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Donation brings 'smiles and laughter'
Clyde's gives $20,000 to Survivor Outreach
Clyde donation
Cheryl Sowell, coordinator for Fort Stewart/Hunter Army Airfield Survivor Outreach Services, hugs Clydes Market CEO Greg Woolard, after he presented a $20,000 check to her program for families of fallen service members Wednesday. - photo by Photo by Cailtin Kenney

Clyde’s Market donated $20,000 to Fort Stewart/Hunter Army Airfield Survivor Outreach Services, a program with Army Community Services that assists families of fallen service members.

The money was raised during the organization’s annual charity golf tournament that occurs in the spring and they have been donating to Fort Stewart programs for several years.

“Early on, we wanted to do it for children of fallen soldiers, and there’s a lot of red tape involved and all that kind of stuff,” said Greg Woolard, the CEO of Clyde’s Market, during the presentation event at the Rusty Pig, which Clyde’s also owns.

Woolard learned about SOS through his company’s donations to Fort Stewart’s Morale, Welfare and Recreation and has been donating to SOS for the past few years.

“And that was as close as we could get to really giving it to the children for things,” he said.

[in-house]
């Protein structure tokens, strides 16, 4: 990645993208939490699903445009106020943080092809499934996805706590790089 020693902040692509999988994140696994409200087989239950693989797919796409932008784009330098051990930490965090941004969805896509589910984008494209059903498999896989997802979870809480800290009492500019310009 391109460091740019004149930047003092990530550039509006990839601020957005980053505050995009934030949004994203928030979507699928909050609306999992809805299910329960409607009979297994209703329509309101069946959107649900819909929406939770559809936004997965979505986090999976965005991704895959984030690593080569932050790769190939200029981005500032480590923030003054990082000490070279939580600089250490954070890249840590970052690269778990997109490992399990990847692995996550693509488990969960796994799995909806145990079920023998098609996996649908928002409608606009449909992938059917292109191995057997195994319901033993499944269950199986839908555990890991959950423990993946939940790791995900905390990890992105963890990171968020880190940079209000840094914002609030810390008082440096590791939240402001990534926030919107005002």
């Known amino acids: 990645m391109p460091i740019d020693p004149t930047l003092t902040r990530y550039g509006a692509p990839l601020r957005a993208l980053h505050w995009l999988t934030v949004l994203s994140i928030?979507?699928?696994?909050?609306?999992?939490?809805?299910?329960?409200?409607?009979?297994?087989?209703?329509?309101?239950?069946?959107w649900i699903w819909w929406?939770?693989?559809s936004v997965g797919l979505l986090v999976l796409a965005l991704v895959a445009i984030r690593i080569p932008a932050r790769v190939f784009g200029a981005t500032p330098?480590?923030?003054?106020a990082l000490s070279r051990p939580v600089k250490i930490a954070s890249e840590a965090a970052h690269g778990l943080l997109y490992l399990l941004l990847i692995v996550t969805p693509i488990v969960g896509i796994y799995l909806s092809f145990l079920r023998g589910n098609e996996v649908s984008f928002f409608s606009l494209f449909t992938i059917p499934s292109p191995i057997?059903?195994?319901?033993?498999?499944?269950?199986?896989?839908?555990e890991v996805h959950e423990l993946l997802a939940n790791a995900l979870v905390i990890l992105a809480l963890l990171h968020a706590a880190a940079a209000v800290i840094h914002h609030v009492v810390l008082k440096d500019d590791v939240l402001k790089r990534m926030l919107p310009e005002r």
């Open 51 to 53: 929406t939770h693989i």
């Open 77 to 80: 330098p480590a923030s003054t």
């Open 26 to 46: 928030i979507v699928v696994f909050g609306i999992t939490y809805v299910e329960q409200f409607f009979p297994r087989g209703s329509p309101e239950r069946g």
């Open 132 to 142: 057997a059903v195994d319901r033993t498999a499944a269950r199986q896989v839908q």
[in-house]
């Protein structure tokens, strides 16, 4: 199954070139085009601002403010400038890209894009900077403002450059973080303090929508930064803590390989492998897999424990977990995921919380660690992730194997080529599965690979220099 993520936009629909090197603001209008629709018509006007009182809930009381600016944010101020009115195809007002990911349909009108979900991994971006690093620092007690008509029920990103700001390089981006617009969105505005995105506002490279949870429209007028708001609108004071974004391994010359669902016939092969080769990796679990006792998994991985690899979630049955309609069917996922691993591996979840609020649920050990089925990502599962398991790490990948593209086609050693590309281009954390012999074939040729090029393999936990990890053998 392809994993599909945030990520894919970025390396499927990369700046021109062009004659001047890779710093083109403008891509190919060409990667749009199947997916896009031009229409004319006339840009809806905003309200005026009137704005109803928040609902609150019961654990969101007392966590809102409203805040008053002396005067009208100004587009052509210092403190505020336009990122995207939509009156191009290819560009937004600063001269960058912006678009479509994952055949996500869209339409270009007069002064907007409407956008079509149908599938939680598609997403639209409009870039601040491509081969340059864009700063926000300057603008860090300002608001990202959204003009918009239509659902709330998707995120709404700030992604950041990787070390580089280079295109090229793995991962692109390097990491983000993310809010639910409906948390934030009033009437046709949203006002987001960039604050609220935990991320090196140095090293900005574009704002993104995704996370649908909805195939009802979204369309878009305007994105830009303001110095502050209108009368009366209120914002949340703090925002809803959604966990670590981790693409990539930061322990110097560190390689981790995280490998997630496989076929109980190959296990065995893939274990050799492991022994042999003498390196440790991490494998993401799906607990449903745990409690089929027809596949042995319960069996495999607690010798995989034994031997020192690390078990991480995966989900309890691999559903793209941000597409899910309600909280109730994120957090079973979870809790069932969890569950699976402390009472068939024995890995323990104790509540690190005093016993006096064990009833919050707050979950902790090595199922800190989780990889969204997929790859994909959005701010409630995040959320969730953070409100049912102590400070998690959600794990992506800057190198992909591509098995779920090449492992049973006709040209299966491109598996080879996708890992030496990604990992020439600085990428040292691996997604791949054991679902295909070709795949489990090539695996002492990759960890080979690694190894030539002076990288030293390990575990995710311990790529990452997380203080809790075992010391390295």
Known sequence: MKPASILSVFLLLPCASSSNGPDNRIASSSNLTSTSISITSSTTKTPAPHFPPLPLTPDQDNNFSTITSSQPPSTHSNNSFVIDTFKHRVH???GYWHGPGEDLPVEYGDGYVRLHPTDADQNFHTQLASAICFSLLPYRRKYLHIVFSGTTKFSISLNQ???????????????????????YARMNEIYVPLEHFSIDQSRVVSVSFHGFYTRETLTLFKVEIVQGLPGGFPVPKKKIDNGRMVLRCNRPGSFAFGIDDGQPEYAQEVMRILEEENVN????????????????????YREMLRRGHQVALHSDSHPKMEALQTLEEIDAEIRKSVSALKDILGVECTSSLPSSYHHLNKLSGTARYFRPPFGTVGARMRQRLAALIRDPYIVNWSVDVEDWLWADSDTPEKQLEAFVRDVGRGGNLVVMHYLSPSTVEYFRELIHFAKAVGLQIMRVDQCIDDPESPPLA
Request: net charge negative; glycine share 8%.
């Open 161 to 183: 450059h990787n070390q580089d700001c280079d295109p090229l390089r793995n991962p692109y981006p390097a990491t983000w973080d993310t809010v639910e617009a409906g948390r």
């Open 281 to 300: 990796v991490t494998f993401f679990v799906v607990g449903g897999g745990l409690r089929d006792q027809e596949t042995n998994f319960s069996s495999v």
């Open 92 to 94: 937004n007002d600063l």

“I’ve really enjoyed seeing the videos that are made about the excursions that happen because of the donations that we give,” Woolard later added.

Cheryl Sowell, Survivor Outreach Services coordinator, came from a law-enforcement and victim advocate background and, as a military spouse, she wanted to do something that had meaning to her.

“I see survivors. I’m a military spouse myself. And the survivors,” Sowell said, pausing. “I want them to be treated right, the way I would want to be treated. So, by virtue of that, I thought, well let’s just go down this road and see what we can do. And we’ve been pretty successful with it.”

SOS started in 2008 with responsibilities but no funding, and that had always been the biggest issue, Sowell said. Woolard asked the organization for a presentation on the program, and afterward decided to donate.

“And it really has made a big difference to our families,” Sowell said, “’cause I’m seeing smiles and laughter where … I saw nothing but grief and crying. So it’s a good thing. It’s really a good thing.”

In the Fort Stewart area alone, SOS works with 679 individuals, and regionally it reaches more than 3,500 people, according to Sowell.

SOS offers these families — which includes National Guard, Reserve and retirees — a variety of events, including adventure outings, Gold Star Mother’s day and luncheons.

“We try our best to … make them smile,” she said, “or just spend time with them. And nobody really knows what somebody else is feeling but a survivor.”

There to receive the check on behalf of SOS was Col. Townley Hedrick, Fort Stewart’s garrison commander. He said it is important to care for and show the families of fallen service members that they are not forgotten, and their loved ones are not forgotten.

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